Kitt, Oct 2, 2005
  14. diluted

    Richard H. Guest

    Well, it's big. And big = heavy. I prefer to run lean, but to each his
    own. More than once I wished I'd brought something I hadn't.

    If you're going on a trip, this could be a good bag to take a lot of
    stuff in. It looks like you could also drop-in a long lens with a hood
    on it. (The belt style I listed is barely deep enough for a short zoom
    with a hood.) OTOH, unless everthing you put in it is long, you'll be
    fishing through it to find stuff on the bottom.

    The top zipper is so-so. Handy for fetching / dropping rolls of film,
    but don't expect to draw your camera through it. The weather cover is a
    nice touch. I carry a couple 1-gallon clear plastic bag in my kit for
    such occasions.

    Some places want to search backpacks, others won't let them in at all.
    The art museums in DC are concerned about people backing into things /
    each other (forgetting about the appendage on their back).
    Front-mounted things (sling purses, fanny packs) seemed OK, but I
    haven't tried with a large camera belt pack.

    Richard H., Oct 2, 2005
  15. diluted

    Kitt Guest

    I'm used to larger shoulder bags, but not quite that big. I think I'll
    probably like it, especially if I get the belt at some point to help
    offset the drag on the shoulder a little. We went into the Old Post
    Office when we were down last, as well as well as Arts and Industries
    (I think.. the one with Archie Bunker's chair) and as I said, I just
    had the DSLR around my neck. I didn't think to ask about their policy
    on bags, but I know we had to go through metal detectors at one or both
    of them. It's getting to almost be mandatory that you call ahead to
    check out that sort of thing or you could be left with a long walk back
    to the car if you're not a permitted to take them in. I find that many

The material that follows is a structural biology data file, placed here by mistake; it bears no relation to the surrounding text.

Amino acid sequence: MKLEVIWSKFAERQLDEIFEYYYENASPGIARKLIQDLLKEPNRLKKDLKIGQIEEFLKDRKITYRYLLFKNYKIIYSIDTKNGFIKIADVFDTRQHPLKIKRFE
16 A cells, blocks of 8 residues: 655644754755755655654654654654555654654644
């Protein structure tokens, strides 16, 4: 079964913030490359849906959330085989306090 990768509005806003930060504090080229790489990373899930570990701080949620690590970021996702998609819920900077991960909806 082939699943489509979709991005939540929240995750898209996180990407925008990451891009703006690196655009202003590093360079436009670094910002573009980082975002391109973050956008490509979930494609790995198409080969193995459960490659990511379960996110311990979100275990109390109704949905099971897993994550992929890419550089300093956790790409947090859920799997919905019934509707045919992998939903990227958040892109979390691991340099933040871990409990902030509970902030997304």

places just exclude backpacks altogether, which is why I'm even looking
    at this bag. I like the backpack and will still use it in the great
    out of doors, but looks like it's use is becoming more and more
    limited. I think the backpack fully loaded was around 14 pounds, so
    the shoulder bag should be about the same or a little less. Again,
    thanks for the link. I really like their 6 or 7 views that you don't
    see most places.

    Kitt, Oct 2, 2005
  16. diluted

    diluted Guest

    Thanks to everyone that posted, I appreciate the input.
    Much as I would like a pelican case, its very expensive and I would want
    to carry it around - im planning some trips to national parks and I'm
    sure it would get very expensive.

    That said, I just won an ebay auction for a mamiya aluminium case which
    already has foam cut for an RB67 and extras... got it for £29 including

    But I'm going to look for a backpack for carrying it long distances.
    However I dont quite understand £100+ for a backpack with separators
    inside... I must be missing something.

    thanks for the advice everyone :)
    diluted, Oct 2, 2005
  17. "A disturbing new study finds that studies are disturbing"

    Just to add another type of carrying system to the mix, or at least a
    variation, I use a belt system from

    So far I've been able to go anywhere I want with it included venues that
    explicitly ban backpacks and coolers (that includes many places here in DC.)

    I love the system because I can take all my gear or only what I need by
    adding or removing individual cases. It's very comfortable and unlike a
    shoulder bag I can run around and shoot with out having to put my gear down
    someplace first . Then if I need my flash, additional lenses, or even a
    second body it's right there with me. I also have a water bottle carrier
    for those especially hot days or long hikes and my cell phone case hooks in
    as well.

    Of all the belts systems I looked at this brand had the largest selection of
    shape, sizes, and purposes including support for medium format. There's a
    very nice photo journalist bag if you need that sort of thing. They also
    have a couple of backpack options.

    It's not cheap but you can start out that way and add to it as money
    Robert R Kircher, Jr., Oct 2, 2005
  18. While it may be real handy and indeed very useful I have a visual
    problem with the "Large System Rain Cover", ( )
    - it's pretty goofy looking!
    Rolf Egil Sølvik, Oct 3, 2005
  19. diluted

    Richard H. Guest

    ROFL! And it doubles as a tutu. :)

    The modular system looks pretty slick, but I too would pass on the rain
    Richard H., Oct 4, 2005